Councilapproves right of way vacation

Published on Thu, Jan 12, 2006 by Meg Olson

Read More News

Council approves right of way vacation

By Meg Olson

Blaine will sell a 9-foot-wide strip of right-of-way on 4th Street back to developer Joel Douglas so his stalled Seascape condominium project can proceed without any demolition or redesign.

At their January 9 meeting council members approved a vacation of part of the right-of-way the city acquired from Douglas in exchange for $55,000 in forgiven fees and penalties owed on the former Westview Motel property on Peace Portal Drive.

Douglas and his representatives have appeared before city council repeatedly since a stop work order was issued for the project in October of 2004, alleging improper handling of the project by city staff. “The errors of the situation are many and the opportunity is here to correct it,” said Mike Kohl on behalf of Douglas’ company Harbor Lands.

City attorney Jon Sitkin said the city had “a different interpretation of facts” regarding the history of the project, but that those were not relevant to the vacation before council. “I don’t think the chronology has much to do with this vacation,” agreed Ken Ely. “With all these other tangential issues aside the easiest way to solve the problem is to approve the vacation.”

The additional property, a strip 9 feet wide by 230 feet long running south from the intersection of Alder and 4th Streets on the west side of 4th Street, will allow a large enough driveway to allow the already built garage units to be useable.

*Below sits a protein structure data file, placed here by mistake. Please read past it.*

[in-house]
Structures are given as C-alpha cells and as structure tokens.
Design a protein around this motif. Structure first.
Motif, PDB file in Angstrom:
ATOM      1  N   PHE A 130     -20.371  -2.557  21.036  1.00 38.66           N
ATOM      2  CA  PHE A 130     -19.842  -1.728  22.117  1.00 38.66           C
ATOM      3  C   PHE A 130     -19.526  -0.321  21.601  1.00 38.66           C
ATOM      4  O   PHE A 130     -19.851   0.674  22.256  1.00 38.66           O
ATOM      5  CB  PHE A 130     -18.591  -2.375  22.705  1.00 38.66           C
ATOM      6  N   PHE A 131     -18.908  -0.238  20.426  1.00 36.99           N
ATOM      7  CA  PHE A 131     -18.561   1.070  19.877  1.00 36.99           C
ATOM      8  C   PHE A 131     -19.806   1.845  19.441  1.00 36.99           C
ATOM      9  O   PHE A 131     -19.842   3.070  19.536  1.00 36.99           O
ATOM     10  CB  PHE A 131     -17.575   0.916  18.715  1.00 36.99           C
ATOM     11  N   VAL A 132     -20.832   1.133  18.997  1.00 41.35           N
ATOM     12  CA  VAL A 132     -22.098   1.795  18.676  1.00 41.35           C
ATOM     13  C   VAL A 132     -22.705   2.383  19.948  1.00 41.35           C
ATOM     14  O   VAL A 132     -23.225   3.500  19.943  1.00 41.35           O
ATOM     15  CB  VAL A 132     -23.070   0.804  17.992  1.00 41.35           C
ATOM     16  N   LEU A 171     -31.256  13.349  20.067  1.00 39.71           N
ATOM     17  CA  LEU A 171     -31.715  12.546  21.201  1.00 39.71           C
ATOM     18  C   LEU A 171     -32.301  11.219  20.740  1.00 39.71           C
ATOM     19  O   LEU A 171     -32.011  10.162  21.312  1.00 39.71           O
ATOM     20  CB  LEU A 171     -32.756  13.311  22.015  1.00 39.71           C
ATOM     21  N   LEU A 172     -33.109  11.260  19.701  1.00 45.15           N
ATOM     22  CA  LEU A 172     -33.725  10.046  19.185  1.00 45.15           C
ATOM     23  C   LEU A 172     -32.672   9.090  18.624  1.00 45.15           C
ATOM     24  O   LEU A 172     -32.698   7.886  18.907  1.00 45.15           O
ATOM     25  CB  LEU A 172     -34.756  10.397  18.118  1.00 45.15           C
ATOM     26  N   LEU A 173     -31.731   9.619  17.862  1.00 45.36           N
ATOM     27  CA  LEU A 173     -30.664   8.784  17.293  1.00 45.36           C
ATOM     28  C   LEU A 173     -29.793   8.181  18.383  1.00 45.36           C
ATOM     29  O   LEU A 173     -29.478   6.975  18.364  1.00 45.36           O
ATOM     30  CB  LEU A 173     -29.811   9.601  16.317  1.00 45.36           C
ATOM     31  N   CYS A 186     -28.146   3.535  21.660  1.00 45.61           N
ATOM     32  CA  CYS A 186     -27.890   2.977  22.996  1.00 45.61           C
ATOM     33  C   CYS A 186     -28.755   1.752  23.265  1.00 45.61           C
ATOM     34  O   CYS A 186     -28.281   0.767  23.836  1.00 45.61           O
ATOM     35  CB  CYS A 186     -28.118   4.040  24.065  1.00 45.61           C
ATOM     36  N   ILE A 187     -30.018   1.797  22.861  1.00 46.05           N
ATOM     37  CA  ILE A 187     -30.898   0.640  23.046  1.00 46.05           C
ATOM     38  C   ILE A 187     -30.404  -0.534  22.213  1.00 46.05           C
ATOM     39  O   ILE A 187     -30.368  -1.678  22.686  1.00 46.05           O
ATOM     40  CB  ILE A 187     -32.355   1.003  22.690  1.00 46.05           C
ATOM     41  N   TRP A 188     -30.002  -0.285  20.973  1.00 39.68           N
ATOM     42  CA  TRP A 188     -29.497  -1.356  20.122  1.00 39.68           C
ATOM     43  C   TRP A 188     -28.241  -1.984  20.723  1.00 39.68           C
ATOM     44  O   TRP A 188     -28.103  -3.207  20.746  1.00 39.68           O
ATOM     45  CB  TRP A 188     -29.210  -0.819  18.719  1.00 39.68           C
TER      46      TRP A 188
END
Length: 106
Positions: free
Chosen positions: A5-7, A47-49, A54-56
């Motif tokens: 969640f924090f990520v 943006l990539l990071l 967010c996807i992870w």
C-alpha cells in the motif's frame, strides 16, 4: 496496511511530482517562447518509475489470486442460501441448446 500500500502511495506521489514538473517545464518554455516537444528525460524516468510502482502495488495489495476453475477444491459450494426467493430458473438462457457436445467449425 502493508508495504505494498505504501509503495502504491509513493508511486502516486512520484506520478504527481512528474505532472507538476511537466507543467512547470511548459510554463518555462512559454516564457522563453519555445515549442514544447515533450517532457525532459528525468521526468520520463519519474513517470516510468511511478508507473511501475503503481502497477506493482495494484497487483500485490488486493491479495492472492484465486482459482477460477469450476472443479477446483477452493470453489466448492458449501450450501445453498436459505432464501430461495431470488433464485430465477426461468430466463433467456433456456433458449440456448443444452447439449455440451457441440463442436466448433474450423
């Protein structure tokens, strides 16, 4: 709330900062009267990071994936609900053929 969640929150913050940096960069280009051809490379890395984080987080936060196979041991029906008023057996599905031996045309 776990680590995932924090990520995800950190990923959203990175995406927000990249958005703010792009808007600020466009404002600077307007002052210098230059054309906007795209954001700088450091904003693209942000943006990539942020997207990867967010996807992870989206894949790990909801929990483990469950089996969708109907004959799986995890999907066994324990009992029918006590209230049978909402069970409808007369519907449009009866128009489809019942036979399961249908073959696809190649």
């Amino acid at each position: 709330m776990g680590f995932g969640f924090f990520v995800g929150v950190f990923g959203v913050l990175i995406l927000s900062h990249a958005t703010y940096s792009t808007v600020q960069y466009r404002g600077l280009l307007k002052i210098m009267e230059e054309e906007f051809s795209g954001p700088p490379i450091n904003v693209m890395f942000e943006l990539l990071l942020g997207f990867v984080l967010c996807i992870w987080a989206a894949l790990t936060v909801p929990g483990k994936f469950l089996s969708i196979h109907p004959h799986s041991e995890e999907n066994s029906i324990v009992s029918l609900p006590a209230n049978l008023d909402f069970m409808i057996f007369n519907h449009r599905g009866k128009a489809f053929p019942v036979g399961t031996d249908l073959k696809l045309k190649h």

In approving the vacation council added a condition that a new site plan for the project be submitted and approved by the city before the vacation is finalized.

City public works director Steve Banham said the city would have preferred to retain the entire 70 feet of right-of-way acquired from Harbor Lands, in order to be able to modify the street to accommodate future growth.

However, he said, “we try and balance that with property owners needs.” With a slightly more limited 60 feet on the Alder Street end and the full 70 feet on the Peace Portal Drive end of the block, Banham said the city had enough room to grow.

“I’m trying to preserve as much of the right-of-way where I think it is most likely road improvements will be needed,” he said. In addition, the deal includes transfer of a wedge-shaped piece of property at the intersection of Peace Portal Drive and Fourth Street which Banham said will help, “open the throat” of the intersection.

Council voted six to one with Hawkins opposed to approve the vacation at the previously appraised price of $9.74 per square foot or $18,583.